Roughly 2 to 5 percent of cancers are of unknown primary origin (CUP), which can limit doctors’ ability to prescribe the best treatment for their patients. Junko Tanizaki, MD, PhD, of Kindai University in Japan discussed whether immunotherapy—in particular PD-1 checkpoint inhibition—might be a sensible option for some of these patients. She focused on the phase 2 NivoCUP trial, in which nivolumab (Opdivo®) led to responses in 10 of 45 patients with CUP that had been previously treated, and in two of eleven patients who hadn’t received prior treatment.

To tailor care even further for these and other rare types of cancer, genomic testing might be able to help doctors better treat these as well as other types of rare cancers by matching patients to certain treatments based on the mutations their tumors have. As demonstrated by Shumei Kato, MD, of the University of California, San Diego, this can be acquired by analyzing cell-free DNA from patients’ blood, and is particularly relevant for checkpoint inhibitor immunotherapies targeting the PD-1/PD-L1 pathway, which have been shown to be remarkably effective against heavily mutated cancers associated with defects in DNA repair and microsatellite instability (MSI-high). Moving forward, this approach could harmonize with more precise immune-based approaches, including vaccines, antibodies, and cell therapies that target specific antigens.


Norman E. Sharpless, MD, the director of the National Cancer Institute (NCI), led the final Saturday session at ASCO20, which focused on how COVID-19 has impacted clinical cancer care.

Sharpless focused on the challenges the NCI has faced when it comes to maintaining cancer care through this crisis and how it’s responded. Specific issues Sharpless mentioned included:

  • delayed diagnoses
  • decreased screening
  • reduced or non-standard care
  • reduced clinical trials and drug discovery activities
  • increased cost of clinical trials
  • slowing of basic cancer research due to lab closures.

To adapt, the NCI has sought to provide their grantees with flexibility through measures such as deadline and eligibility extensions, and enabling funds to be carried over. Additionally, the NCI is helping the U.S. Food and Drug Administration (FDA) evaluate commercially available blood tests for COVID-19 and is working to make high-quality tests available nationwide.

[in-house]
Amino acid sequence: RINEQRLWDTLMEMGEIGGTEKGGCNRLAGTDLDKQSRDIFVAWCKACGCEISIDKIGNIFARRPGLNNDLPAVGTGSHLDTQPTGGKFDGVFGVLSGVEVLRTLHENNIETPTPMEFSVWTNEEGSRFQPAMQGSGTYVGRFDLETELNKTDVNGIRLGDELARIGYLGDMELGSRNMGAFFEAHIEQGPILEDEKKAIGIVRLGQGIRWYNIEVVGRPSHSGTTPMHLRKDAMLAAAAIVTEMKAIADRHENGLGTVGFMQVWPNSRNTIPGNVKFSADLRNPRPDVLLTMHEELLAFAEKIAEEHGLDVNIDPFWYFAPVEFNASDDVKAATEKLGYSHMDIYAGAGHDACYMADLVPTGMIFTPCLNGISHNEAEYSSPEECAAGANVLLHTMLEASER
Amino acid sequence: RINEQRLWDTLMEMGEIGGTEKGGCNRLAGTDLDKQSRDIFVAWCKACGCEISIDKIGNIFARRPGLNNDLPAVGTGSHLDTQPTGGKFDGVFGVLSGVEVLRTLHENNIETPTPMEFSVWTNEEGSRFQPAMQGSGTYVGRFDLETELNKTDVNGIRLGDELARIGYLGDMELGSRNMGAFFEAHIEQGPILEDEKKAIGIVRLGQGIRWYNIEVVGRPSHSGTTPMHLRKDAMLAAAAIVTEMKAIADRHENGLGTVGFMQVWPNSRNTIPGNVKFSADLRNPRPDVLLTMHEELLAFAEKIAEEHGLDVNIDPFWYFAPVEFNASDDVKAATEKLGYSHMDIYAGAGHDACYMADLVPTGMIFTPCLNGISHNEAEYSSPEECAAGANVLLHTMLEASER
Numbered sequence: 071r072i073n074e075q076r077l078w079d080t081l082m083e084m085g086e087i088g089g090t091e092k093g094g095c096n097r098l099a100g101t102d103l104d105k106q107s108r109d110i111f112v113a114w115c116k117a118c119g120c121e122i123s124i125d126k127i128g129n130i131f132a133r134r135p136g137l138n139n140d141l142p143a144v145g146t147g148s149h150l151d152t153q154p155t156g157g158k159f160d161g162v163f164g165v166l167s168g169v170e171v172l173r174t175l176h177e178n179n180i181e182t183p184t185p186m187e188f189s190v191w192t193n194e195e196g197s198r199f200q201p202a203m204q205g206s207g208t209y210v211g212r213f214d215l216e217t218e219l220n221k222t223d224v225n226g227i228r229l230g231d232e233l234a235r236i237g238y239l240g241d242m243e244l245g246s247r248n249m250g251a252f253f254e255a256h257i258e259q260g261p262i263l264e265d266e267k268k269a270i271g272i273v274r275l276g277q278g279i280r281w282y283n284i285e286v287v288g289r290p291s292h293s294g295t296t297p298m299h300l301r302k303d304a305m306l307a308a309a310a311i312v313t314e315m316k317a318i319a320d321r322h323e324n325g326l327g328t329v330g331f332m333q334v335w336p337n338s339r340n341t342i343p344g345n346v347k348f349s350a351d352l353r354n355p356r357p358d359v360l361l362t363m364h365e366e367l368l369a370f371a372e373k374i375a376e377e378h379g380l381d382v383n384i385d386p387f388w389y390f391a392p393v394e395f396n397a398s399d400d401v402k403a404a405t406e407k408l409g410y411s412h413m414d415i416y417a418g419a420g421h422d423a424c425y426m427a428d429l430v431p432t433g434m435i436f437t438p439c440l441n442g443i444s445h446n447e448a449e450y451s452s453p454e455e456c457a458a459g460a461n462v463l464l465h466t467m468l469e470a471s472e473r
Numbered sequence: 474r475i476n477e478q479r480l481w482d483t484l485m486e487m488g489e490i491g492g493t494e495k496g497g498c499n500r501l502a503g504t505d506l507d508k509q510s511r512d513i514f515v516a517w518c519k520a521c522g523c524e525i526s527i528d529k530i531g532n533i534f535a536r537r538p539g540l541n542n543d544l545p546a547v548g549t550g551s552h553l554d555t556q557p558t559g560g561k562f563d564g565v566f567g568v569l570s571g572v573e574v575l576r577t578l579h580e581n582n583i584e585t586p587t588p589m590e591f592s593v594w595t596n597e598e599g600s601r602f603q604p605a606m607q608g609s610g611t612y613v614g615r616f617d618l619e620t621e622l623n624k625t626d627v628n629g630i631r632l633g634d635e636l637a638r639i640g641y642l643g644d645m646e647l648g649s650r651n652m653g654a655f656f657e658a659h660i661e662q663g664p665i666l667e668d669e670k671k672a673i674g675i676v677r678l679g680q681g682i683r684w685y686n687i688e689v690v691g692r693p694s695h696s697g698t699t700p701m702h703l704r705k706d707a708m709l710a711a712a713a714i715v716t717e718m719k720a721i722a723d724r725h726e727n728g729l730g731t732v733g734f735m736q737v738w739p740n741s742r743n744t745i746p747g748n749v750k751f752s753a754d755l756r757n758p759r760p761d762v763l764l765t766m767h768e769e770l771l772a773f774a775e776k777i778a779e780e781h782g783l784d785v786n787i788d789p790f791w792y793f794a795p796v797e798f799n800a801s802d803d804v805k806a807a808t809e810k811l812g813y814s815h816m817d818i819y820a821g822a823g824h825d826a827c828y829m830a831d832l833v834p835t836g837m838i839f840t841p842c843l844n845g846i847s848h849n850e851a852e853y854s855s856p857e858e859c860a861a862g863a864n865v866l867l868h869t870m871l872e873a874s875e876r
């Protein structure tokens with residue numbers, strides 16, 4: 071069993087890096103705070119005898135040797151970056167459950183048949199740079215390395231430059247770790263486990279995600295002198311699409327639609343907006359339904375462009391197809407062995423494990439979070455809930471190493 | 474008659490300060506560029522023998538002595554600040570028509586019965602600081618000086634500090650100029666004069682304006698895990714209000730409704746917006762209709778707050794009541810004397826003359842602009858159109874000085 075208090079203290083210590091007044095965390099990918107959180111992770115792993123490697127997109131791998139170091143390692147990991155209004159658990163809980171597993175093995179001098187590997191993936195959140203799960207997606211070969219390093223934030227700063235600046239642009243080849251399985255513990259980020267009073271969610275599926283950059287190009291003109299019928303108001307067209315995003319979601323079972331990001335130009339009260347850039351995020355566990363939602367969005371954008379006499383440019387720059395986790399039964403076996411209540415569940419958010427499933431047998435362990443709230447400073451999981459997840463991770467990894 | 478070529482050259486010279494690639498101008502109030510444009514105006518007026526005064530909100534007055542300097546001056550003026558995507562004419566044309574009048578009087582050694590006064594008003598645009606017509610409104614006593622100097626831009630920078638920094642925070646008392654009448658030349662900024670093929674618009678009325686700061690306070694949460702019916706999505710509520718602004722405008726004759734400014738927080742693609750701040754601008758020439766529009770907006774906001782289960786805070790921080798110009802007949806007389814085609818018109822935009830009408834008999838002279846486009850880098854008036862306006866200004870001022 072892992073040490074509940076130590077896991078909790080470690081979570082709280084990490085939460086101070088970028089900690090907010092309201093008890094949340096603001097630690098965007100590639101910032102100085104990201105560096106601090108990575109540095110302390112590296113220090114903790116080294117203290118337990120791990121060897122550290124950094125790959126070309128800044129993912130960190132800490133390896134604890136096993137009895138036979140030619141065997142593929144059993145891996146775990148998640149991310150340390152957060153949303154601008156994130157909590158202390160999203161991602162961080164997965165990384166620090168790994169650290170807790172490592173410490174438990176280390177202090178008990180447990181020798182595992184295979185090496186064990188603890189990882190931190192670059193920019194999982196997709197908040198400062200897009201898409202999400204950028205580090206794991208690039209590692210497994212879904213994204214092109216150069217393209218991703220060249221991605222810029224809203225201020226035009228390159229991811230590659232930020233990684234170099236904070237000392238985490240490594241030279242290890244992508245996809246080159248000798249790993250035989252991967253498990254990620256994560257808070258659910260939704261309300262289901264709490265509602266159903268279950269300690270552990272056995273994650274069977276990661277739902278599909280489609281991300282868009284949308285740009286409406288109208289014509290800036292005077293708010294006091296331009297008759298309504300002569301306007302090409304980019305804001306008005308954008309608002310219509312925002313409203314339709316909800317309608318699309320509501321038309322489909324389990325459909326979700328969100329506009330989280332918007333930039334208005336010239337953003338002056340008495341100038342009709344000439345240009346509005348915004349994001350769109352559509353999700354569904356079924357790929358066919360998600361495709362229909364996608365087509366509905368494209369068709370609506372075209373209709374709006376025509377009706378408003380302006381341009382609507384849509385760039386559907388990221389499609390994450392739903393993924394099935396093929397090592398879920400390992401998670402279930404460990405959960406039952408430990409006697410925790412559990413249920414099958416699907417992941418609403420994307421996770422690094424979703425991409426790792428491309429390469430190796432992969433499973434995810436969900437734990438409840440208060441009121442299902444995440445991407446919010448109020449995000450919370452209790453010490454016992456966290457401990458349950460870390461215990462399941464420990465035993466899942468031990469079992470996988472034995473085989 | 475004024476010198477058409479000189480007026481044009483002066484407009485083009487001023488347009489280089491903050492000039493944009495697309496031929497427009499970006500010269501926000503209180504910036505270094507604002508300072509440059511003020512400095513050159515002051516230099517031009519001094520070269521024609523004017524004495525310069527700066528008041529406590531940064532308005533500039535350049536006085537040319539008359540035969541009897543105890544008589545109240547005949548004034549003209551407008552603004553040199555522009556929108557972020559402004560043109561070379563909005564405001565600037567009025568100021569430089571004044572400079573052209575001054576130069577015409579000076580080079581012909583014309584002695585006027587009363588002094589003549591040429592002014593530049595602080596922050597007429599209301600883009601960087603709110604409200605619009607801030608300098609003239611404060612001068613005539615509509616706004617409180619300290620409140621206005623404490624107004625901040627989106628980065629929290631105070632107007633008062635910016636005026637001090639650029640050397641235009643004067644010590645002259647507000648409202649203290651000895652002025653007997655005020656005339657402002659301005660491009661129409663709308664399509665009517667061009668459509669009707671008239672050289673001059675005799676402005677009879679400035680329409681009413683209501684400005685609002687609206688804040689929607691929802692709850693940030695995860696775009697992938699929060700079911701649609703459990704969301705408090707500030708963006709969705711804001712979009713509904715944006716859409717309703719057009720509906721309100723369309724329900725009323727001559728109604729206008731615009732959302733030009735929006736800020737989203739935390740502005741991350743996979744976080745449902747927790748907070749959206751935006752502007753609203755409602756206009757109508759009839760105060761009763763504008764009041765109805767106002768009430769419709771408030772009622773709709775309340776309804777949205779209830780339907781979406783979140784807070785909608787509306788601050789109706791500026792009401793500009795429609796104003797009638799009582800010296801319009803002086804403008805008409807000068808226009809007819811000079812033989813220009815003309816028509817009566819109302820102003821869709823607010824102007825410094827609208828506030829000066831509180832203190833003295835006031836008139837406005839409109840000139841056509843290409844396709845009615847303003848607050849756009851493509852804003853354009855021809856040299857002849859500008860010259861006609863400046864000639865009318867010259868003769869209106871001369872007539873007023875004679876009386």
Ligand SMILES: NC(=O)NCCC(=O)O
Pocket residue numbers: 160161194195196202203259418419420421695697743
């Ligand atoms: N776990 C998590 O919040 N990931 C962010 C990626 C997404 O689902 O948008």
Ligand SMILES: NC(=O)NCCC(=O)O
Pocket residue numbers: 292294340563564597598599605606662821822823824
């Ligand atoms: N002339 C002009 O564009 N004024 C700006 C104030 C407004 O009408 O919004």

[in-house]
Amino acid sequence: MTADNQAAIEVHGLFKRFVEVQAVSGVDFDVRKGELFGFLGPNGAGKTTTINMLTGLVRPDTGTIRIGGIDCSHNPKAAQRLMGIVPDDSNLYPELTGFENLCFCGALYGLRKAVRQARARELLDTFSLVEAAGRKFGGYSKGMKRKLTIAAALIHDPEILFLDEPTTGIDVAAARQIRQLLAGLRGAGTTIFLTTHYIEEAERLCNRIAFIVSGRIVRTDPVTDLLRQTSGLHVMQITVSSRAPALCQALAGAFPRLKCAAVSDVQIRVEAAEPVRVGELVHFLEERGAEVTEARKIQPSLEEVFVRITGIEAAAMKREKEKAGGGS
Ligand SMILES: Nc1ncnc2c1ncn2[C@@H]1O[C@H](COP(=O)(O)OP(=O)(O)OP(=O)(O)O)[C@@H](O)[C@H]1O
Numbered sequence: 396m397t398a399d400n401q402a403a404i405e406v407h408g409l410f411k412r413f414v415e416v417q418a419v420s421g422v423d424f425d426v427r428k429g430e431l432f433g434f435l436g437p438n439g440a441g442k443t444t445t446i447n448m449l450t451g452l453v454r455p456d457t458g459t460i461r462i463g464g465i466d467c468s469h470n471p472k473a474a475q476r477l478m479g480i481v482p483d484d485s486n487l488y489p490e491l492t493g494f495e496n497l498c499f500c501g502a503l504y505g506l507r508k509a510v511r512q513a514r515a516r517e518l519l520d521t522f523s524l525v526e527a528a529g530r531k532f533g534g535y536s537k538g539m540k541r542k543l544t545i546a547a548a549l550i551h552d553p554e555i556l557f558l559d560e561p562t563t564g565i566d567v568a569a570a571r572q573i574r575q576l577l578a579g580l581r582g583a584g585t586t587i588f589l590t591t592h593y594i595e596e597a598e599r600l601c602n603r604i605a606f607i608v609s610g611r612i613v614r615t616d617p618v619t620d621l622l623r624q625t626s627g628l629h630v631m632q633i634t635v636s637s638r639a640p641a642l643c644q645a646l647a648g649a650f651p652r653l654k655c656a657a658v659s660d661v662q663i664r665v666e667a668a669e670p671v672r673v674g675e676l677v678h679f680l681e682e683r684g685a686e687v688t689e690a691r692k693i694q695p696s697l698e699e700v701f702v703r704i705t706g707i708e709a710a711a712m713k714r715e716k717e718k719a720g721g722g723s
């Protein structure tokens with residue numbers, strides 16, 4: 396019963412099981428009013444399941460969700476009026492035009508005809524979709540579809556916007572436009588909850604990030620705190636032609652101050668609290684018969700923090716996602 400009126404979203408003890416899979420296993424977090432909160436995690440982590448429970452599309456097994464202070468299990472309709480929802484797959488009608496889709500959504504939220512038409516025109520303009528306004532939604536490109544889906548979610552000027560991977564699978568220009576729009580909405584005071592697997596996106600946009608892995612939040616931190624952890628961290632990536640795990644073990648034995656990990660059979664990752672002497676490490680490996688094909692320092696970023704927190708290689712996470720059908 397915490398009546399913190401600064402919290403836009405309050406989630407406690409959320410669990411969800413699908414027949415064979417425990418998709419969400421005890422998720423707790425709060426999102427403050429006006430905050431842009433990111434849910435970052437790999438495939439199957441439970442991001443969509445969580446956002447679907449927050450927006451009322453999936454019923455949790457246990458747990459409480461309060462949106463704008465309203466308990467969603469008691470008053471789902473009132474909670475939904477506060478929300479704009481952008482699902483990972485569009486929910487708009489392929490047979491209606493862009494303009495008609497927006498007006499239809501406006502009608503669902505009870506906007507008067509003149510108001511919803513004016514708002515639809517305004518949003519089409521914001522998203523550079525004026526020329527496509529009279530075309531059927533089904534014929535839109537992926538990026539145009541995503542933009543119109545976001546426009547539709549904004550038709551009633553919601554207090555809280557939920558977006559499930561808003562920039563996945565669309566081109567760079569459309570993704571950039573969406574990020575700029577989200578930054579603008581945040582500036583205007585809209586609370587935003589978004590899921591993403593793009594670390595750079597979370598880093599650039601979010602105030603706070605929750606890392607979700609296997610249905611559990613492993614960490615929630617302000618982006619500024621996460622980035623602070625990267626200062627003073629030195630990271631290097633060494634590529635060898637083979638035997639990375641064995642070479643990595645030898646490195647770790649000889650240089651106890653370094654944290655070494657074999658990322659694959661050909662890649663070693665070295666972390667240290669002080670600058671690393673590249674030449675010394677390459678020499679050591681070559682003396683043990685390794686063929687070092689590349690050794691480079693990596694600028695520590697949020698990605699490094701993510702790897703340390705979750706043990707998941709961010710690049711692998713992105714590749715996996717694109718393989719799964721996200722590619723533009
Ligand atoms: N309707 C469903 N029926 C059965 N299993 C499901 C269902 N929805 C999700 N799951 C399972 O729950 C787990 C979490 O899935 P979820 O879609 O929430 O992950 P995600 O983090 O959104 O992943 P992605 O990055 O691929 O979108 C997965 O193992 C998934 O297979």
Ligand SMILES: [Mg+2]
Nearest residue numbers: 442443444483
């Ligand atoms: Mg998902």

Regarding clinical trials, the NCI is is allowing changes to trial protocols, and is spearheading a trial that seeks to enroll at least 2,000 cancer patients with COVID-19, at more than 1,000 sites. Eligible patients must be currently receiving cancer therapy or going through routine followup blood work. Emphasis was placed on recruiting at-risk patients from minority, underserved, and rural populations. Sharpless noted that this trial took only six weeks to launch after the idea was conceived, an extremely rapid turnaround compared to the year or more a trial would normally take to initiate.

Following Sharpless was Jeremy L. Warner, MD, of Vanderbilt University, who spoke about the recently formed COVID-19 and Cancer Consortium (CCC19), which is collecting and compiling data from 106 different institutions around the U.S. in order to disseminate this important information as widely and as rapidly as possible. So far, more than 1,000 patients have been included, and the investigators have observed several factors that appear to be associated with increased risk of death. These include being male, being older than age 75, and having a progressing cancer. He concluded by emphasizing that further clinical trials are needed to define the risks and benefits of various treatments for cancer patients also afflicted with COVID-19.

Follow us for our next update from #ASCO20, which will feature immunotherapy breakthroughs from the plenary and developmental therapeutics sessions as well as additional cancer-specific talks, including bladder cancer, lung cancer, and melanoma, among others.

Read CRI's ASCO coverage

Read more:

This website uses tracking technologies, such as cookies, to provide a better user experience. If you continue to use this site, then you acknowledge our use of tracking technologies. For additional information, review our Privacy Policy.